For eight decades, students at Southeast Missouri State University, a mid-sized college located on the banks of the Mississippi River in rural, conservative Cape Girardeau, had proudly rooted for its sports teams, the Indians. The old-timers said the name was adopted in the mid-1920s to honor the legacy of American Indians and their warrior traditions. The teams had an Indian mascot. There was an Indian logo. And the entrance to Houck Stadium, the university’s football arena on the edge of campus, was dominated by an imposing, 30-foot-tall statue of an American Indian man.
Then as the new millennium dawned, the university’s administration decided that maybe the use of an American Indian symbol wasn’t so cool any more. In 2003 the university set up a committee to study the possibility of a name change. The committee was short-lived.
“They were run out of town because of opposition,” says Dr. Edward Leoni, a professor of health and human performance at the university. “People were in great opposition to the change.”
Undaunted, the university decided to try again two years later. University President Kenneth Dobbins asked Leoni, the faculty representative to the NCAA, to head a committee of faculty, students, alumni and boosters. Mindful of what happened in 2003, Leoni carefully planned his approach.
“I held public forums that allowed people to vent and to hear ideas,” says the 31-year veteran educator. “I would listen to them say how proud they were to be Indians. Things started to change when I showed conceptual renderings of any of the (proposed) mascots. We did a survey of alumni and students and discovered that there was more support for change than we realized. We needed to allow people to express their feelings and to see a possibility.”
In the end, the university community came around and overwhelmingly voted in favor of a new mascot, the Redhawk. Judging by the number of students who don Redhawk apparel on campus, says Leoni, the new mascot has been a huge success.
Though not as well known as some of the other controversies that erupted around plans to change American Indian mascots, the events at Southeast Missouri State show how, when handled carefully, discarding offensive American Indian imagery can actually become a tool for bringing the university community together.
“We went into it respecting the established tradition,” says Leoni. “Regardless of whether you are in a liberal or conservative community, there is still a tradition. We took that into consideration before we just jumped into it.”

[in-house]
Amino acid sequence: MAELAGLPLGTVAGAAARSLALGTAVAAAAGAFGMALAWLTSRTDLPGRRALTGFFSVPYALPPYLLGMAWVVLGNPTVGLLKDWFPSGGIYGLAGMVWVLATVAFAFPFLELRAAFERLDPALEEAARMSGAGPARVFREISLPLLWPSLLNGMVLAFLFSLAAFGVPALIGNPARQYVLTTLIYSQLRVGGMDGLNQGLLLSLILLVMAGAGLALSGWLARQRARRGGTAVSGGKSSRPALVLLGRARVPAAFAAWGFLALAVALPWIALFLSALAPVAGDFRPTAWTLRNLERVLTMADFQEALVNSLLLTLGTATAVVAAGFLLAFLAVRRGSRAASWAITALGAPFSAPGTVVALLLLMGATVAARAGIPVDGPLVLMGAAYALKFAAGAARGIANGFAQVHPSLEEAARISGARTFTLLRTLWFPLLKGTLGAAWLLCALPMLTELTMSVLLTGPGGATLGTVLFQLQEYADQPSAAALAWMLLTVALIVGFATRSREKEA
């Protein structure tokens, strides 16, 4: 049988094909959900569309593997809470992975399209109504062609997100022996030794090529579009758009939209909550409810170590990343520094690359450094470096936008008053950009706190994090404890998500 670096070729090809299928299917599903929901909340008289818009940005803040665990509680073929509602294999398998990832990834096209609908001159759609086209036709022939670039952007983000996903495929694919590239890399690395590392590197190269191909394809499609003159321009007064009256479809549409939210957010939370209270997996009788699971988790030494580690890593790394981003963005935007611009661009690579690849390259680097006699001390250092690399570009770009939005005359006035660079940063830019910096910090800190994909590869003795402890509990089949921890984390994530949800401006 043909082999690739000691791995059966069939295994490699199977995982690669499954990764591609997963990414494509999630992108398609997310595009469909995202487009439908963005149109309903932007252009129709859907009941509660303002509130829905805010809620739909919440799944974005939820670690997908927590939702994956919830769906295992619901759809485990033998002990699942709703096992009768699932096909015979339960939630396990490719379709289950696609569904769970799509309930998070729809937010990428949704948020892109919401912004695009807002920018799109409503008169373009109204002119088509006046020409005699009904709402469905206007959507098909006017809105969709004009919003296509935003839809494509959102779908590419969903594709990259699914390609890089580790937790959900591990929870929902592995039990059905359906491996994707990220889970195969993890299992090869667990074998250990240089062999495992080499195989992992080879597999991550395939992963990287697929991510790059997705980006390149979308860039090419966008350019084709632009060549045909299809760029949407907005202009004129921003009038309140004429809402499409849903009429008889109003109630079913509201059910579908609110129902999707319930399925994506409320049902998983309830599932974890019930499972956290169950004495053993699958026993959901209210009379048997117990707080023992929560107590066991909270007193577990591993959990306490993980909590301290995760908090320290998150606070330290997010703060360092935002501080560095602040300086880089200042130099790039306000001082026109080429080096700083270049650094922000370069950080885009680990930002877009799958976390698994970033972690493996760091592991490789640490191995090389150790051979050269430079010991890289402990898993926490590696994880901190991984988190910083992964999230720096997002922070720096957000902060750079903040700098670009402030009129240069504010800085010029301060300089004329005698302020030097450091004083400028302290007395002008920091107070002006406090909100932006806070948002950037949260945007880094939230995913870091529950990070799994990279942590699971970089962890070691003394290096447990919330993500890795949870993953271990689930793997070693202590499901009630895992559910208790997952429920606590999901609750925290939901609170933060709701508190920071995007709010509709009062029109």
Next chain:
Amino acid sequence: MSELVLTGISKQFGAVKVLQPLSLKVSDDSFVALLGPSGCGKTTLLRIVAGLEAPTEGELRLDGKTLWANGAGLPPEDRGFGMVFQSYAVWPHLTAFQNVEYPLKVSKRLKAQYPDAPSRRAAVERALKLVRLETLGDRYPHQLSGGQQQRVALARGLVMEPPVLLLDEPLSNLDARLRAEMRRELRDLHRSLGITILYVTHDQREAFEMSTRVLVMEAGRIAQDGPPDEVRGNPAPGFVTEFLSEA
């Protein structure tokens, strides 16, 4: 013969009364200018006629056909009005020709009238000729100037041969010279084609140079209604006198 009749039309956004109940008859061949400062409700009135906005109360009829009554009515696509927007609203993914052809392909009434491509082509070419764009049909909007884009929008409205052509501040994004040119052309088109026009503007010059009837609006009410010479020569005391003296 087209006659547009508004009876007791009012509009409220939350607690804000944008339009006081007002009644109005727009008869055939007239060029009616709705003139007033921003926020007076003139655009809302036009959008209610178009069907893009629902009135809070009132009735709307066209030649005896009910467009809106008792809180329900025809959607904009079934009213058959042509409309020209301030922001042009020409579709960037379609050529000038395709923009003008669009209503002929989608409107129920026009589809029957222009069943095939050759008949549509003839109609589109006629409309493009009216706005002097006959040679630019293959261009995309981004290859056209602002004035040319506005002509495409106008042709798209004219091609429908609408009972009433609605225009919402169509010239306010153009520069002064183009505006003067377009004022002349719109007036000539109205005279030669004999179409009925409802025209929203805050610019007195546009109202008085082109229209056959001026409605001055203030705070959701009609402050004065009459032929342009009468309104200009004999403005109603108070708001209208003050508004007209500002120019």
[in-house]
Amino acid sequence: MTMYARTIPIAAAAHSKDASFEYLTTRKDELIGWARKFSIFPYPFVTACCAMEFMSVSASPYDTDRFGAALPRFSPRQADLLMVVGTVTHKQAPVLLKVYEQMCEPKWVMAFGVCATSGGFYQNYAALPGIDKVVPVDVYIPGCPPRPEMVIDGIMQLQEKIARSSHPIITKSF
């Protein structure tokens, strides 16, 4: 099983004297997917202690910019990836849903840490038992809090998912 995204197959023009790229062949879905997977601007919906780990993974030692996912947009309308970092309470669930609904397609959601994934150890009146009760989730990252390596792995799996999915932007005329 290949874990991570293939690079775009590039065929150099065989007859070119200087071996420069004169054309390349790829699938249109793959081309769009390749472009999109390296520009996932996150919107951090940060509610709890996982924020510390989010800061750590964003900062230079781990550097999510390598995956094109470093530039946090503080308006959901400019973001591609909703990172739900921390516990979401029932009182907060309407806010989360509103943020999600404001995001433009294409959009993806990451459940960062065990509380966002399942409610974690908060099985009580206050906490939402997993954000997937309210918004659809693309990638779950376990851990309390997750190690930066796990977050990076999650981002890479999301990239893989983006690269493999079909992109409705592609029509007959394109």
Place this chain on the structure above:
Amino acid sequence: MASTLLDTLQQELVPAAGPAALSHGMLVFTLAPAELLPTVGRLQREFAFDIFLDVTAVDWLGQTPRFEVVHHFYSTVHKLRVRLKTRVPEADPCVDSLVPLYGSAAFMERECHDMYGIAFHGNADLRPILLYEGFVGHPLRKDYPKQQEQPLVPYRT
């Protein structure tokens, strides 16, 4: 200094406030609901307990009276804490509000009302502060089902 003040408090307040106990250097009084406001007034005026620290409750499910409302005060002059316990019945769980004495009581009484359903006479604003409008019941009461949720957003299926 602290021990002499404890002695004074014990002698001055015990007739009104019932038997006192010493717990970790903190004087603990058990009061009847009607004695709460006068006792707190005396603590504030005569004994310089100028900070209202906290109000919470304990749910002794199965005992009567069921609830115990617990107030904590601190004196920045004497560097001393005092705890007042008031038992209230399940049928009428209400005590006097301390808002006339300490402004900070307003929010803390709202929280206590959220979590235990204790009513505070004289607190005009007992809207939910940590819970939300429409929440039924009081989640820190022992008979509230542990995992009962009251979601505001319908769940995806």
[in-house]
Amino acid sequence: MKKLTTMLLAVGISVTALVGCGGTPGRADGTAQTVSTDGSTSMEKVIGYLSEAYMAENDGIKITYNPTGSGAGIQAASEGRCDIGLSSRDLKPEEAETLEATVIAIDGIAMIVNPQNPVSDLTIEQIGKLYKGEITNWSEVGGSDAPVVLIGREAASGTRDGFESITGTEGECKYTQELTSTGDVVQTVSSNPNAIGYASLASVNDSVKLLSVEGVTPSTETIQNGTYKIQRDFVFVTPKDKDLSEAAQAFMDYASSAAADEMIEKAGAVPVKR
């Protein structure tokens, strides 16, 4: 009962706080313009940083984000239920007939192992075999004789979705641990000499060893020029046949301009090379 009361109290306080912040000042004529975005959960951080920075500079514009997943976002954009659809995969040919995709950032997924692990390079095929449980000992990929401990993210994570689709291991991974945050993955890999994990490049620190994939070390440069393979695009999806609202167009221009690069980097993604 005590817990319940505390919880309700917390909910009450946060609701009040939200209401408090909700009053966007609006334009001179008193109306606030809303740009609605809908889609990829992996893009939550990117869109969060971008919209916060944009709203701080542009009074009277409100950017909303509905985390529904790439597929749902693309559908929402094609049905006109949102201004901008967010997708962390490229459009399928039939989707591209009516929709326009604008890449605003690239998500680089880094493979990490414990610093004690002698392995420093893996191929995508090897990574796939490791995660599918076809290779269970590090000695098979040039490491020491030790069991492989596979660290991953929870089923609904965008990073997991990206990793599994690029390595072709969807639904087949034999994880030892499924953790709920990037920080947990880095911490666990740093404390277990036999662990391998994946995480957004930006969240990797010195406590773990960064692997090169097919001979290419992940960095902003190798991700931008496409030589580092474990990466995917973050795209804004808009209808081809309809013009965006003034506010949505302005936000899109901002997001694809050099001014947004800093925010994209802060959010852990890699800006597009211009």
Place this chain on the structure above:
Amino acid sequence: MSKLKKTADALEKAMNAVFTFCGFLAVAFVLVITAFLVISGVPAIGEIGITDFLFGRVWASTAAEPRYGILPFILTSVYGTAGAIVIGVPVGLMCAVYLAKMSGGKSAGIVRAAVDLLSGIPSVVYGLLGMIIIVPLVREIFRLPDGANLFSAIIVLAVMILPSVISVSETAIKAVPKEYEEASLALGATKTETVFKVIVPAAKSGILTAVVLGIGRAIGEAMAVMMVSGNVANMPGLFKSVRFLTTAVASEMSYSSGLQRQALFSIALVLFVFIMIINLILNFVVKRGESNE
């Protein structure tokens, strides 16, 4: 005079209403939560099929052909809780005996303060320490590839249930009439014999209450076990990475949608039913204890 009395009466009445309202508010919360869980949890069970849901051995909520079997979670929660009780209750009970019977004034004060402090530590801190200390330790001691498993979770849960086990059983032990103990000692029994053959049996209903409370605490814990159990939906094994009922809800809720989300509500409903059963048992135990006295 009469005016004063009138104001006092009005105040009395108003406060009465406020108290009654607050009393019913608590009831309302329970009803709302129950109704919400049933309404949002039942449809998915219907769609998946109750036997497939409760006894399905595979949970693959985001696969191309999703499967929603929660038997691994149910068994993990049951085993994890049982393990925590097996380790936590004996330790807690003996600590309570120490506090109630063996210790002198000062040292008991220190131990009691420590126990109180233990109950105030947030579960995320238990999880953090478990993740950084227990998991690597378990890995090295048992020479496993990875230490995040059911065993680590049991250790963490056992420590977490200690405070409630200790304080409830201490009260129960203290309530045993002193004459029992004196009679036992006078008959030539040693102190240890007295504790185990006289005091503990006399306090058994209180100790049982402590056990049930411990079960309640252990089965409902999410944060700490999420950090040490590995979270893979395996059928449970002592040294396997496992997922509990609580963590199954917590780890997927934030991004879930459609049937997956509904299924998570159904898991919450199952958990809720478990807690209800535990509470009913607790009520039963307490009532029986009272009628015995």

The use of American Indian mascots and symbols for collegiate sports teams has been a source of controversy since the late 1960s, when some colleges and universities began retiring them. Six years ago, the National Collegiate Athletic Association adopted a policy that penalizes schools that use American Indian mascots, nicknames or logos. Schools in violation of the policy may not host championship events. They also are forbidden from wearing uniforms with the logo during NCAA playoff games.
The policy exempts universities like Florida State University that have received permission from the tribes whose names or images they appropriate.
But some communities have pushed back.
After pressure from some American Indian groups, officials at the University of North Dakota developed a comprehensive plan to drop the school’s Fighting Sioux nickname and imagery. The plan spared UND from the NCAA’s threatened sanctions.
Then, earlier this year, the Republican-controlled North Dakota Legislature jumped into the fray, passing a bill that requires the university to keep the nickname. The bill was passed in spite of objections of the North Dakota Board of Higher Education. The bill prohibits the board from taking further steps to replace the Fighting Sioux nickname or logo. It also directs the attorney general to investigate the possibility of filing an antitrust suit against the NCAA if the regulatory body doesn’t back down.
While the intensity of the spotlight has varied over the years, the issues have largely remained the same. And the controversy follows the same pattern: stiff resistance from alumni and boosters who see it as an attack on established tradition. At UND, some wealthy alumni, including one who gave the school $100 million, have made the retention of the nickname a condition of their giving. Some traditionalists have argued that removing American Indian imagery negatively affects morale and marketing.